A number of Paleozoic fossils have been tentatively classified with the brown algae, although most have also been compared to known red algae species. Phascolophyllaphycus possesses numerous elongate, inflated blades attached to a stipe. It is the most abundant of algal fossils found in a collection made from Carboniferous strata in Illinois. Each hollow blade bears up to eight pneumatocysts at its base, and the stipes appear to have been hollow and inflated as well. This combination of characteristics is similar to certain modern genera in the order Laminariales (kelps). Several fossils of Drydenia and a single specimen of Hungerfordia from the Upper Devonian of New York have also been compared to both brown and red algae. Fossils of Drydenia consist of an elliptical blade attached to a branching filamentous holdfast, not unlike some species of Laminaria, Porphyra, or Gigartina. The single known specimen of Hungerfordia branches dichotomously into lobes and resembles genera like Chondrus and Fucus or Dictyota.
The earliest known fossils that can be assigned reliably to the Phaeophyceae come from Miocene diatomite deposits of the Monterey Formation in California. Several soft-bodied brown macroalgae, such as Julescraneia, have been found.
Sexual reproduction may be isogamous, oogamous, or anisogamous. There is evidence of sex chromosomes. Union of gametes may take place in water or within the oogonium (oogamous species). The life cycle shows great variability from one group to another.
In Laminaria, there is a conspicuous diploid generation. Meiosis takes place within sporangia, before the spores are released. As they are haploid, with sex chromosomes, there are equal numbers of male and female spores. With the exception of the Fucales, all brown algae have a life cycle with an alternation between haploid and diploid forms.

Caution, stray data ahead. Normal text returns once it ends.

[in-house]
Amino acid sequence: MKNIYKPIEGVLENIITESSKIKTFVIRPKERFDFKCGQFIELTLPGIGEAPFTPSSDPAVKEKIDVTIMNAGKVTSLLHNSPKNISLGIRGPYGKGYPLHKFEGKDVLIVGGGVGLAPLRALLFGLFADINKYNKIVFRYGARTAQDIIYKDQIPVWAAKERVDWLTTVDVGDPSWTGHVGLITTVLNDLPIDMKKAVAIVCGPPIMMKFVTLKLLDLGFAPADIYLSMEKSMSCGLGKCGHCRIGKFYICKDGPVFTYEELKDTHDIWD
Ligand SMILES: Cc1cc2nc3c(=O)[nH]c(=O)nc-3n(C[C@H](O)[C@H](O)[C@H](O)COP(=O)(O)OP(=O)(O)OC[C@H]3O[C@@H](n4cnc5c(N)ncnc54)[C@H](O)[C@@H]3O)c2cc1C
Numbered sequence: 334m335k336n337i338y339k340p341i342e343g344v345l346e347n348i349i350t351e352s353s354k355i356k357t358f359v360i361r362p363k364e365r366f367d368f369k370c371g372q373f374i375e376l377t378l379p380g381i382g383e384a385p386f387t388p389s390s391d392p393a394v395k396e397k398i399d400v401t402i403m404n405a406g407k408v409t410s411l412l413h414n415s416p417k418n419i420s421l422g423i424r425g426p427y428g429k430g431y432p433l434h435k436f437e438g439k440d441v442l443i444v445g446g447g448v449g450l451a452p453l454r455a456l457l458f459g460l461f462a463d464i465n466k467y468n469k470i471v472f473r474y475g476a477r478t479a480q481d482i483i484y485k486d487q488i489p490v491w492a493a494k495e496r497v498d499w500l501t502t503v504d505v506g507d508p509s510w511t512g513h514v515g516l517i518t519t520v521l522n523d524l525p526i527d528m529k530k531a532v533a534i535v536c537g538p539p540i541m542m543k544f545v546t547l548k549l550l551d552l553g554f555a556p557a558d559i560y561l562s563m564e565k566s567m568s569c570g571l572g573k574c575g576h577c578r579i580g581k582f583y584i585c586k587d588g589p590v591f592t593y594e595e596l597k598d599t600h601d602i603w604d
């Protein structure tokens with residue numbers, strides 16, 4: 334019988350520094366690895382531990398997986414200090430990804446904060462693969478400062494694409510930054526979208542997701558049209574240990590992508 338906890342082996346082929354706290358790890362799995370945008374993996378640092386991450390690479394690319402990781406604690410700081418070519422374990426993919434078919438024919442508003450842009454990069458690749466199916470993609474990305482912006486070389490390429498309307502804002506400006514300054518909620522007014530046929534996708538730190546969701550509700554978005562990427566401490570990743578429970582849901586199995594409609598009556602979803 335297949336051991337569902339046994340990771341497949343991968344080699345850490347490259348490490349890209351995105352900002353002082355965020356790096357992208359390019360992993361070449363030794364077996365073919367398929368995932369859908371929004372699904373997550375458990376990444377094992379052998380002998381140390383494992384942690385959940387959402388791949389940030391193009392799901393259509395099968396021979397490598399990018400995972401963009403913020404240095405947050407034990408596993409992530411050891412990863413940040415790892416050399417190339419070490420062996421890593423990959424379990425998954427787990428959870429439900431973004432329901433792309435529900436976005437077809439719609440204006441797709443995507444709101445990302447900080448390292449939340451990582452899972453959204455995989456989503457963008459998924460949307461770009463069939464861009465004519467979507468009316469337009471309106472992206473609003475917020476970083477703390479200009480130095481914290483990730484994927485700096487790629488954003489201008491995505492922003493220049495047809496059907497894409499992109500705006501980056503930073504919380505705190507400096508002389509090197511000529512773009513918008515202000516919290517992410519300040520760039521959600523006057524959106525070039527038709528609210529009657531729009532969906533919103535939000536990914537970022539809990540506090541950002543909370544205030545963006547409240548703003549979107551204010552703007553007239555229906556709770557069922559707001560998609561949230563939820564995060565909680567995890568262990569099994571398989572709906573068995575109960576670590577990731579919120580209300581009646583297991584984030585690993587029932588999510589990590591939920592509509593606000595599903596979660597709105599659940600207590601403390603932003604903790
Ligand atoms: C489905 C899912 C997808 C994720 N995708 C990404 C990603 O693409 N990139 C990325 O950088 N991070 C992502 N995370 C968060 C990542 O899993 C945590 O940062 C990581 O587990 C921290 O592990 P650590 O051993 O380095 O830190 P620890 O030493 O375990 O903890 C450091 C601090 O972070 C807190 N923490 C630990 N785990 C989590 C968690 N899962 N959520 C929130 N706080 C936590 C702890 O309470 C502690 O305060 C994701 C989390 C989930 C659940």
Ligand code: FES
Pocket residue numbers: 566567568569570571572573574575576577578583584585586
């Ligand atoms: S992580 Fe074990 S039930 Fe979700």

Brown algae have adapted to a wide variety of marine ecological niches including the tidal splash zone, rock pools, the whole intertidal zone and relatively deep near shore waters. They are an important constituent of some brackish water ecosystems, and four species are restricted to life in fresh water. A large number of Phaeophyceae are intertidal or upper littoral, and they are predominantly cool and cold water organisms that benefit from nutrients in up welling cold water currents and inflows from land; Sargassum being a prominent exception to this generalisation.
Brown algae growing in brackish waters are almost solely asexual.
|Algal group||δ13C range|
|HCO3-using red algae||−22.5‰ to −9.6‰|
|CO2-using red algae||−34.5‰ to −29.9‰|
|Brown algae||−20.8‰ to −10.5‰|
|Green algae||−20.3‰ to −8.8‰|
Brown algae have a δ13C value in the range of −20.8‰ to −10.5‰, in contrast with red algae and greens. This reflects their different metabolic pathways.
Brown algae produce a specific type of tannin called phlorotannins in higher amount than red algae do.
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|Wikispecies has information related to: Phaeophyceae|
- Monterey Bay Flora
- The Monterey Formation of California, University of California Museum of Paleontology
- Phaeophyceae, National University of Ireland, Galway